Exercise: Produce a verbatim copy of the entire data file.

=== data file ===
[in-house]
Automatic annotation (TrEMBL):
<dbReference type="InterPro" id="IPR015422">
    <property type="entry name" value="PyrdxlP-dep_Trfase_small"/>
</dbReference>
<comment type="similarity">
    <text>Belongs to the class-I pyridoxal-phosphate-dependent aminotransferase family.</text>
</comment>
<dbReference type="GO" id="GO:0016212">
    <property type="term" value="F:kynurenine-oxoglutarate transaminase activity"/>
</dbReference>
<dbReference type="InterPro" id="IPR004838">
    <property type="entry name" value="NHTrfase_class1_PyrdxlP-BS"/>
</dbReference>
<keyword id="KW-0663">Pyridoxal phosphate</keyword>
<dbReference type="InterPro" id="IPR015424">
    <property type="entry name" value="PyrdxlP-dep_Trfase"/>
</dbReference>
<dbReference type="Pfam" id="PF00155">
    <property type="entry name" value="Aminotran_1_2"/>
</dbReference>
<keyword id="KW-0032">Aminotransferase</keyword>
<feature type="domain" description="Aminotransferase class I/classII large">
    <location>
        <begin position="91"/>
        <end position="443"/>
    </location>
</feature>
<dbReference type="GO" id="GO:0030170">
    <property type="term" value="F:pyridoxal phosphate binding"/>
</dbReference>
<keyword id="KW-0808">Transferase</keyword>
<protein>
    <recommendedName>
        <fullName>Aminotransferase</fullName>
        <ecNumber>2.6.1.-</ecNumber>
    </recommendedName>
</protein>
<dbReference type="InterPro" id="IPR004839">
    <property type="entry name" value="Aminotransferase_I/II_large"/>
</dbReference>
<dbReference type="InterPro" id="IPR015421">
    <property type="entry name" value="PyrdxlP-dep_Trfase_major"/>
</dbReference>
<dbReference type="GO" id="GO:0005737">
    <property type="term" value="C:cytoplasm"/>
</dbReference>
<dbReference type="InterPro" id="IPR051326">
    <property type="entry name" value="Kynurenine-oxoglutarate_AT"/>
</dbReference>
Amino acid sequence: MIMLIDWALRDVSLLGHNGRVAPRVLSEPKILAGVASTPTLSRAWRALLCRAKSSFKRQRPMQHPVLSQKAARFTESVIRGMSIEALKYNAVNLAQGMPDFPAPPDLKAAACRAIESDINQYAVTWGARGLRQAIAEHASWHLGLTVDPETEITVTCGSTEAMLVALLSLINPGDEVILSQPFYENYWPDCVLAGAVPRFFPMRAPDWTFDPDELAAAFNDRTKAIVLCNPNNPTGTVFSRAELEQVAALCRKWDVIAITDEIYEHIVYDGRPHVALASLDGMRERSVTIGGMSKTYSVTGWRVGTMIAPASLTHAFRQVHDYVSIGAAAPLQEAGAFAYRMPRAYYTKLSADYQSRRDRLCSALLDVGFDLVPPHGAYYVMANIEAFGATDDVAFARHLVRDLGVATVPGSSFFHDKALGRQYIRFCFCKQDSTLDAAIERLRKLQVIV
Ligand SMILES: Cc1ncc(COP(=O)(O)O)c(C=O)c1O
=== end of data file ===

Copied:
[in-house]
Automatic annotation (TrEMBL):
<dbReference type="InterPro" id="IPR015422">
    <property type="entry name" value="PyrdxlP-dep_Trfase_small"/>
</dbReference>
<comment type="similarity">
    <text>Belongs to the class-I pyridoxal-phosphate-dependent aminotransferase family.</text>
</comment>
<dbReference type="GO" id="GO:0016212">
    <property type="term" value="F:kynurenine-oxoglutarate transaminase activity"/>
</dbReference>
<dbReference type="InterPro" id="IPR004838">
    <property type="entry name" value="NHTrfase_class1_PyrdxlP-BS"/>
</dbReference>
<keyword id="KW-0663">Pyridoxal phosphate</keyword>
<dbReference type="InterPro" id="IPR015424">
    <property type="entry name" value="PyrdxlP-dep_Trfase"/>
</dbReference>
<dbReference type="Pfam" id="PF00155">
    <property type="entry name" value="Aminotran_1_2"/>
</dbReference>
<keyword id="KW-0032">Aminotransferase</keyword>
<feature type="domain" description="Aminotransferase class I/classII large">
    <location>
        <begin position="91"/>
        <end position="443"/>
    </location>
</feature>
<dbReference type="GO" id="GO:0030170">
    <property type="term" value="F:pyridoxal phosphate binding"/>
</dbReference>
<keyword id="KW-0808">Transferase</keyword>
<protein>
    <recommendedName>
        <fullName>Aminotransferase</fullName>
        <ecNumber>2.6.1.-</ecNumber>
    </recommendedName>
</protein>
<dbReference type="InterPro" id="IPR004839">
    <property type="entry name" value="Aminotransferase_I/II_large"/>
</dbReference>
<dbReference type="InterPro" id="IPR015421">
    <property type="entry name" value="PyrdxlP-dep_Trfase_major"/>
</dbReference>
<dbReference type="GO" id="GO:0005737">
    <property type="term" value="C:cytoplasm"/>
</dbReference>
<dbReference type="InterPro" id="IPR051326">
    <property type="entry name" value="Kynurenine-oxoglutarate_AT"/>
</dbReference>
Amino acid sequence: MIMLIDWALRDVSLLGHNGRVAPRVLSEPKILAGVASTPTLSRAWRALLCRAKSSFKRQRPMQHPVLSQKAARFTESVIRGMSIEALKYNAVNLAQGMPDFPAPPDLKAAACRAIESDINQYAVTWGARGLRQAIAEHASWHLGLTVDPETEITVTCGSTEAMLVALLSLINPGDEVILSQPFYENYWPDCVLAGAVPRFFPMRAPDWTFDPDELAAAFNDRTKAIVLCNPNNPTGTVFSRAELEQVAALCRKWDVIAITDEIYEHIVYDGRPHVALASLDGMRERSVTIGGMSKTYSVTGWRVGTMIAPASLTHAFRQVHDYVSIGAAAPLQEAGAFAYRMPRAYYTKLSADYQSRRDRLCSALLDVGFDLVPPHGAYYVMANIEAFGATDDVAFARHLVRDLGVATVPGSSFFHDKALGRQYIRFCFCKQDSTLDAAIERLRKLQVIV
Ligand SMILES: Cc1ncc(COP(=O)(O)O)c(C=O)c1O